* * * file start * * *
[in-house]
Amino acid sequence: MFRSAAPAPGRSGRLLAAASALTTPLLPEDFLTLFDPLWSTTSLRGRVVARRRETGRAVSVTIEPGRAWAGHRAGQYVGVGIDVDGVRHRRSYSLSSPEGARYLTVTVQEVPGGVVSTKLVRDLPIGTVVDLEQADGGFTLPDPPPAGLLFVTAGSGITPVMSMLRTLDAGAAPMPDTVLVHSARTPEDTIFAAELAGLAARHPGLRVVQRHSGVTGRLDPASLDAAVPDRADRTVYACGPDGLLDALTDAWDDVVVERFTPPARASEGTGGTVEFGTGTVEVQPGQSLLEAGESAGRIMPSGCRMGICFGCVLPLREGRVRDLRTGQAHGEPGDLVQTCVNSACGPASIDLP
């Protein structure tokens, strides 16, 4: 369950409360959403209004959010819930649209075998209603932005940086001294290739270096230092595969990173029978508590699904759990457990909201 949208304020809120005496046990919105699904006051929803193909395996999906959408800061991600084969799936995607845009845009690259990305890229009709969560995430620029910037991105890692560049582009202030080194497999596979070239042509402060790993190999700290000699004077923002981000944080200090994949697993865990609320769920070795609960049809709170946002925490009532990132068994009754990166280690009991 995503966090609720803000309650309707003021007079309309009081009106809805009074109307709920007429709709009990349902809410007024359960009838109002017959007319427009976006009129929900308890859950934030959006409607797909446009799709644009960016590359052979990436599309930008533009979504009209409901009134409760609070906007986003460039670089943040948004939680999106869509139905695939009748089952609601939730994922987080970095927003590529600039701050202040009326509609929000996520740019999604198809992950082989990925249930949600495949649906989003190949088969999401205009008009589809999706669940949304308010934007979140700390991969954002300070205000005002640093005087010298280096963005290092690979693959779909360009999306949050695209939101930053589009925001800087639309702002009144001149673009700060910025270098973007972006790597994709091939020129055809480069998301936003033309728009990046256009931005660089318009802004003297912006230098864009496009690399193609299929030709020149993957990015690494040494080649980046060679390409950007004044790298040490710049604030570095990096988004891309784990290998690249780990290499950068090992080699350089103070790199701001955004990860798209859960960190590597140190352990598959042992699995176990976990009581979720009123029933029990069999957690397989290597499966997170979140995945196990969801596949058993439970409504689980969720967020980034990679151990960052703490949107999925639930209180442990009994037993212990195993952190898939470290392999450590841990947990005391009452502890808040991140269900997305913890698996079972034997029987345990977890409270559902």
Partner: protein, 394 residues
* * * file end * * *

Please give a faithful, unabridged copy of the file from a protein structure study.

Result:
[in-house]
Amino acid sequence: MFRSAAPAPGRSGRLLAAASALTTPLLPEDFLTLFDPLWSTTSLRGRVVARRRETGRAVSVTIEPGRAWAGHRAGQYVGVGIDVDGVRHRRSYSLSSPEGARYLTVTVQEVPGGVVSTKLVRDLPIGTVVDLEQADGGFTLPDPPPAGLLFVTAGSGITPVMSMLRTLDAGAAPMPDTVLVHSARTPEDTIFAAELAGLAARHPGLRVVQRHSGVTGRLDPASLDAAVPDRADRTVYACGPDGLLDALTDAWDDVVVERFTPPARASEGTGGTVEFGTGTVEVQPGQSLLEAGESAGRIMPSGCRMGICFGCVLPLREGRVRDLRTGQAHGEPGDLVQTCVNSACGPASIDLP
């Protein structure tokens, strides 16, 4: 369950409360959403209004959010819930649209075998209603932005940086001294290739270096230092595969990173029978508590699904759990457990909201 949208304020809120005496046990919105699904006051929803193909395996999906959408800061991600084969799936995607845009845009690259990305890229009709969560995430620029910037991105890692560049582009202030080194497999596979070239042509402060790993190999700290000699004077923002981000944080200090994949697993865990609320769920070795609960049809709170946002925490009532990132068994009754990166280690009991 995503966090609720803000309650309707003021007079309309009081009106809805009074109307709920007429709709009990349902809410007024359960009838109002017959007319427009976006009129929900308890859950934030959006409607797909446009799709644009960016590359052979990436599309930008533009979504009209409901009134409760609070906007986003460039670089943040948004939680999106869509139905695939009748089952609601939730994922987080970095927003590529600039701050202040009326509609929000996520740019999604198809992950082989990925249930949600495949649906989003190949088969999401205009008009589809999706669940949304308010934007979140700390991969954002300070205000005002640093005087010298280096963005290092690979693959779909360009999306949050695209939101930053589009925001800087639309702002009144001149673009700060910025270098973007972006790597994709091939020129055809480069998301936003033309728009990046256009931005660089318009802004003297912006230098864009496009690399193609299929030709020149993957990015690494040494080649980046060679390409950007004044790298040490710049604030570095990096988004891309784990290998690249780990290499950068090992080699350089103070790199701001955004990860798209859960960190590597140190352990598959042992699995176990976990009581979720009123029933029990069999957690397989290597499966997170979140995945196990969801596949058993439970409504689980969720967020980034990679151990960052703490949107999925639930209180442990009994037993212990195993952190898939470290392999450590841990947990005391009452502890808040991140269900997305913890698996079972034997029987345990977890409270559902």
Partner: protein, 394 residues